Canon has developed a new sensor that employs a clever trick for increasing dynamic range.
The new CMOS sensor has a dynamic range of 148 dB, which the company calls the largest such range in surveillance cameras. However, it is the sensor's "Exposure by Area" function which makes it particularly intriguing.
The sensor is a stacked type with a pixel layer and a CPU layer. Combined with the "Exposure by Area" design, it can capture different exposures in different areas at the same time by dividing itself into multiple zones, each with its own specific parameters. This means that instead of having to bracket exposure times to deal with a high dynamic range, the sensor can tackle a large dynamic range all at once, reducing blurring of moving subjects.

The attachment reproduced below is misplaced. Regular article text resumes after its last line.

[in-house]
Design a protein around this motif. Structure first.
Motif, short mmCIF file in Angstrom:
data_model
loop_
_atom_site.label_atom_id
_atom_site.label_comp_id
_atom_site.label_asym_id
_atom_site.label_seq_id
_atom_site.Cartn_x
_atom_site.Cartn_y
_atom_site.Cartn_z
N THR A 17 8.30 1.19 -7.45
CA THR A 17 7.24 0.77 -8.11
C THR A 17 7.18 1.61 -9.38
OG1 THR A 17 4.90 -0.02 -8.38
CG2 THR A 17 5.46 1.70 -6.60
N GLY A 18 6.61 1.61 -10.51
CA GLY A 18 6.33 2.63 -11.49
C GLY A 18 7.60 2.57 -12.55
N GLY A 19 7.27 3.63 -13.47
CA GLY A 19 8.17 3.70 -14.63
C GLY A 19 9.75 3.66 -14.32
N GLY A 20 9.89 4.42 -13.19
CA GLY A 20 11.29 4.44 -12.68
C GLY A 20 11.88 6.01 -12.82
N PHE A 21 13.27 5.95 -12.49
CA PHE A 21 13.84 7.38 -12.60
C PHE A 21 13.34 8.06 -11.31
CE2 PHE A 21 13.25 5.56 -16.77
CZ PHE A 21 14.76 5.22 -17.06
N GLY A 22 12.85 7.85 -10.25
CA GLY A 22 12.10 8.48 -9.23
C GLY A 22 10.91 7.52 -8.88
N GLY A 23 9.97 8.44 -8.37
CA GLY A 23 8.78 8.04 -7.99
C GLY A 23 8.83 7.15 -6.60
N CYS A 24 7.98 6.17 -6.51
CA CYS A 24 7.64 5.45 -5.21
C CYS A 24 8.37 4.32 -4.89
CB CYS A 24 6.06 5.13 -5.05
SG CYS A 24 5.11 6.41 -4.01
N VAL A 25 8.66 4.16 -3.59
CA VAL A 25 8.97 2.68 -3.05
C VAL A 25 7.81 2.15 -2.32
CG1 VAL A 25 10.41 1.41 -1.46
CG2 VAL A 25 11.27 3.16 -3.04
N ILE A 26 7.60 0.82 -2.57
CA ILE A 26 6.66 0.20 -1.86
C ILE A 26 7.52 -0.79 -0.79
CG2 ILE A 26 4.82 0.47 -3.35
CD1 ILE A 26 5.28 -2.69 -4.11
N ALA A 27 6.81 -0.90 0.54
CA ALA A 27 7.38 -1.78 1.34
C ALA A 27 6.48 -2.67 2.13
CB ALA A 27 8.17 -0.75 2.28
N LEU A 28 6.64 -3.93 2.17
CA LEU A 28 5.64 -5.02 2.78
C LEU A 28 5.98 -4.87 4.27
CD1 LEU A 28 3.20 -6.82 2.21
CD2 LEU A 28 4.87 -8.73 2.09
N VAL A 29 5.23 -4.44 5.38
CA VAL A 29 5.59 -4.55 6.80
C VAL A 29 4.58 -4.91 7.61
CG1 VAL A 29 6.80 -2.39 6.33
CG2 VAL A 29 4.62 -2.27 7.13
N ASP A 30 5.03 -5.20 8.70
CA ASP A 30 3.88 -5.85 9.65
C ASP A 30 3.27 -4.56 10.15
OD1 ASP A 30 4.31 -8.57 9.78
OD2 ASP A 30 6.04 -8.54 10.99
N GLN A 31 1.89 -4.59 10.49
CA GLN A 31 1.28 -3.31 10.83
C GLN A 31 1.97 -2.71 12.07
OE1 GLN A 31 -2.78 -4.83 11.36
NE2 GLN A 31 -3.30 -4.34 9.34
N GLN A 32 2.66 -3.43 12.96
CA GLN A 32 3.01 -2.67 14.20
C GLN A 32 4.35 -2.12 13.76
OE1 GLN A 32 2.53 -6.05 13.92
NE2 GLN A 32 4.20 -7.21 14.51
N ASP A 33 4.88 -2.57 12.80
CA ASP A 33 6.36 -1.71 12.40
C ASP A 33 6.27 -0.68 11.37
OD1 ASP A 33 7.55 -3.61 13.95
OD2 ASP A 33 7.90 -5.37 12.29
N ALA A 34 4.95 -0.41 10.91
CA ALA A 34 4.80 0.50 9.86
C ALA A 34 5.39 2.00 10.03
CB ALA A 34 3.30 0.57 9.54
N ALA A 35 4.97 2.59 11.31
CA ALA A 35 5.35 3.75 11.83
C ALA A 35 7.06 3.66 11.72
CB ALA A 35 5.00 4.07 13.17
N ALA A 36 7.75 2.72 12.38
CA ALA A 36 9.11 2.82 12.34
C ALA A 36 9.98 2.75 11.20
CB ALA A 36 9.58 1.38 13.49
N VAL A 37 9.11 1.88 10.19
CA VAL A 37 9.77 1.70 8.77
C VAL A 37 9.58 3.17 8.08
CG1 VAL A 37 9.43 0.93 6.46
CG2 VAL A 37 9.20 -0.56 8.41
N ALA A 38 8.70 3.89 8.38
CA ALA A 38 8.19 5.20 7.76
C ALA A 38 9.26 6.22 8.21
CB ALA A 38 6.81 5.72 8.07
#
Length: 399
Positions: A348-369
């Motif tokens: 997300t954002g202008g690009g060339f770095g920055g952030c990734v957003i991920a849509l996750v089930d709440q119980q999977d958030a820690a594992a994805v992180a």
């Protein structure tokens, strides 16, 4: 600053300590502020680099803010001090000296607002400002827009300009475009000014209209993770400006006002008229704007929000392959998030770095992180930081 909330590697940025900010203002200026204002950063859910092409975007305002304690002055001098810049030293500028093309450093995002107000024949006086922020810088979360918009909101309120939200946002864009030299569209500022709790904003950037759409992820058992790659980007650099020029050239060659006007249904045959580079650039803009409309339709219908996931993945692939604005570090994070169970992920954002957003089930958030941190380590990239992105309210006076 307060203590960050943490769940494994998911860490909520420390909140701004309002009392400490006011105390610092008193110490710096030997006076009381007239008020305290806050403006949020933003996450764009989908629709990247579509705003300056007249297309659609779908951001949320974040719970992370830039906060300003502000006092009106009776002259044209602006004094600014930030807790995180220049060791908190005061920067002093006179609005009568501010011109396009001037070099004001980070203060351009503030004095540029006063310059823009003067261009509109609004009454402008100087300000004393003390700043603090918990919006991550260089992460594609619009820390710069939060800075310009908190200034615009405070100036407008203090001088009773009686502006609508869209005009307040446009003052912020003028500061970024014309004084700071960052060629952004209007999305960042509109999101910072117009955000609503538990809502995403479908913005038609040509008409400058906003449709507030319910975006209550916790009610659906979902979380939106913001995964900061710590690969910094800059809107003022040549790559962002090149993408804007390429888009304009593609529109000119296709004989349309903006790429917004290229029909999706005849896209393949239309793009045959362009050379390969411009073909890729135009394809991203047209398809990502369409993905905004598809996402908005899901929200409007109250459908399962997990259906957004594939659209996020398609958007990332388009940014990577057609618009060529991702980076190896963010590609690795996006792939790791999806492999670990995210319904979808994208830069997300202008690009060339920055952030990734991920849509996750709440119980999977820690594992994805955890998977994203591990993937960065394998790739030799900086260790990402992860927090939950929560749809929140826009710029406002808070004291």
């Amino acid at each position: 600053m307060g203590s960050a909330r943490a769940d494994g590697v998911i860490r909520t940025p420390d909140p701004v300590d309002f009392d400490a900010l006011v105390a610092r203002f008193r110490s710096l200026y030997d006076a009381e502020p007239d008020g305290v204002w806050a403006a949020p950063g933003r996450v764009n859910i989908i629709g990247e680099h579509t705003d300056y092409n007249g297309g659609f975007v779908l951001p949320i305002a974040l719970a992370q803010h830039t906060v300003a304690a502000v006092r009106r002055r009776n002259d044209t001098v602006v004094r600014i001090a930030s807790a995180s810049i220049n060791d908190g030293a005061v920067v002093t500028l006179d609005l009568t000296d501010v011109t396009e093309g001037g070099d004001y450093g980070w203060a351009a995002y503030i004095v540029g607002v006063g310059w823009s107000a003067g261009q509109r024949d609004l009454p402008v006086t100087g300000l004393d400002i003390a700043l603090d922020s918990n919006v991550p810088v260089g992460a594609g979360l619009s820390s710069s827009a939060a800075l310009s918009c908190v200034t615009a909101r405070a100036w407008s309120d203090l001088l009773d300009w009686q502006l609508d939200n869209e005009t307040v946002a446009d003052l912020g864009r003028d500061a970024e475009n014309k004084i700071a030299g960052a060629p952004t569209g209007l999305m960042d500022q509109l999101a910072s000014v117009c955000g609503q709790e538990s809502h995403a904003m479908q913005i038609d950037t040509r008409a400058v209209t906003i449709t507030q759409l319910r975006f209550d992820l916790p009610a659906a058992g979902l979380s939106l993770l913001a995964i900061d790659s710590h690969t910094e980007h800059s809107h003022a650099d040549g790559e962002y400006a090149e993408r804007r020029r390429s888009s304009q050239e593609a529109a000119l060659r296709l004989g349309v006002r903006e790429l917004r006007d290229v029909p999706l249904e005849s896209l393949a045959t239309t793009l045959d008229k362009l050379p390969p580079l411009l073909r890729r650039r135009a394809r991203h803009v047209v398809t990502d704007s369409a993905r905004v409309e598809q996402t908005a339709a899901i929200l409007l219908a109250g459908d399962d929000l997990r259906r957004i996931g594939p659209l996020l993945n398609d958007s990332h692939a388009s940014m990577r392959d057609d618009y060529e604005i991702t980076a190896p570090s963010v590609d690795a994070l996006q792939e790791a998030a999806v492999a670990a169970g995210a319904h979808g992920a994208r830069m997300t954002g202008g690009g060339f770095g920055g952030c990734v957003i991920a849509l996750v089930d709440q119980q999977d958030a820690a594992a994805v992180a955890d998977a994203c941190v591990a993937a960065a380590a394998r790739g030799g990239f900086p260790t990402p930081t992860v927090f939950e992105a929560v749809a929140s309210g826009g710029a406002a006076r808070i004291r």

While this is currently being developed for surveillance cameras, it is a rather intriguing technology that could be a real boon if it makes its way to consumer models. For example, landscape photographers could employ it to expose separately for the sky and land, obviating the need for a graduated ND filter or for multiple bracketed exposures. This could increase the effective dynamic range of a sensor by a significant amount. Hopefully, we'll see it make its way to more cameras soon.